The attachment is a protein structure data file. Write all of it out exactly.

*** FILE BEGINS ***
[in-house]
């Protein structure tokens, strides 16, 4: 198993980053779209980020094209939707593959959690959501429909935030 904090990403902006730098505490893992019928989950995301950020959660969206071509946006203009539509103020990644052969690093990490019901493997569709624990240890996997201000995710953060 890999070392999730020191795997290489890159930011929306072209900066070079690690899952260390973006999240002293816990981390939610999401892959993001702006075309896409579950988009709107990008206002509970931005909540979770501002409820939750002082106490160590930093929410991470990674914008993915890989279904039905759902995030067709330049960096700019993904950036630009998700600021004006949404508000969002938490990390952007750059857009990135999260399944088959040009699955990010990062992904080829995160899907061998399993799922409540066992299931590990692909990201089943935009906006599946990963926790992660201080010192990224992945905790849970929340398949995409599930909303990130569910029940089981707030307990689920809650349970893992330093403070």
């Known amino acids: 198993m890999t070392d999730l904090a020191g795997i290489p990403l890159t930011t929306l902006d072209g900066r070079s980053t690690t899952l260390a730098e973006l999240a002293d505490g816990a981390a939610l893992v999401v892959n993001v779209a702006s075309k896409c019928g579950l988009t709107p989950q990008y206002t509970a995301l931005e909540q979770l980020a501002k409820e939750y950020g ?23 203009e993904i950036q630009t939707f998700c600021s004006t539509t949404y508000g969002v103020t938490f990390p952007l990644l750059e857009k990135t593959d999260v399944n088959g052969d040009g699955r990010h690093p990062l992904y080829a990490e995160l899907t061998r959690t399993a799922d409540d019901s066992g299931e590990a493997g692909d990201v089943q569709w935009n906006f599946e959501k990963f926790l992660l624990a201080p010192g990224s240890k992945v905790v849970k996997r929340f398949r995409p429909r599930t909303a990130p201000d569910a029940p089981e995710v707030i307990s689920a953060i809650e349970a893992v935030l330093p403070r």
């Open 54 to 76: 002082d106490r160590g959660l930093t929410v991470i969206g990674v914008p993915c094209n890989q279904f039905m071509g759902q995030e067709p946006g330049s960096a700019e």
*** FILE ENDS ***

[in-house]
């Protein structure tokens, strides 16, 4: 198993980053779209980020094209939707593959959690959501429909935030 904090990403902006730098505490893992019928989950995301950020959660969206071509946006203009539509103020990644052969690093990490019901493997569709624990240890996997201000995710953060 890999070392999730020191795997290489890159930011929306072209900066070079690690899952260390973006999240002293816990981390939610999401892959993001702006075309896409579950988009709107990008206002509970931005909540979770501002409820939750002082106490160590930093929410991470990674914008993915890989279904039905759902995030067709330049960096700019993904950036630009998700600021004006949404508000969002938490990390952007750059857009990135999260399944088959040009699955990010990062992904080829995160899907061998399993799922409540066992299931590990692909990201089943935009906006599946990963926790992660201080010192990224992945905790849970929340398949995409599930909303990130569910029940089981707030307990689920809650349970893992330093403070």
């Known amino acids: 198993m890999t070392d999730l904090a020191g795997i290489p990403l890159t930011t929306l902006d072209g900066r070079s980053t690690t899952l260390a730098e973006l999240a002293d505490g816990a981390a939610l893992v999401v892959n993001v779209a702006s075309k896409c019928g579950l988009t709107p989950q990008y206002t509970a995301l931005e909540q979770l980020a501002k409820e939750y950020g ?23 203009e993904i950036q630009t939707f998700c600021s004006t539509t949404y508000g969002v103020t938490f990390p952007l990644l750059e857009k990135t593959d999260v399944n088959g052969d040009g699955r990010h690093p990062l992904y080829a990490e995160l899907t061998r959690t399993a799922d409540d019901s066992g299931e590990a493997g692909d990201v089943q569709w935009n906006f599946e959501k990963f926790l992660l624990a201080p010192g990224s240890k992945v905790v849970k996997r929340f398949r995409p429909r599930t909303a990130p201000d569910a029940p089981e995710v707030i307990s689920a953060i809650e349970a893992v935030l330093p403070r």
């Open 54 to 76: 002082d106490r160590g959660l930093t929410v991470i969206g990674v914008p993915c094209n890989q279904f039905m071509g759902q995030e067709p946006g330049s960096a700019e």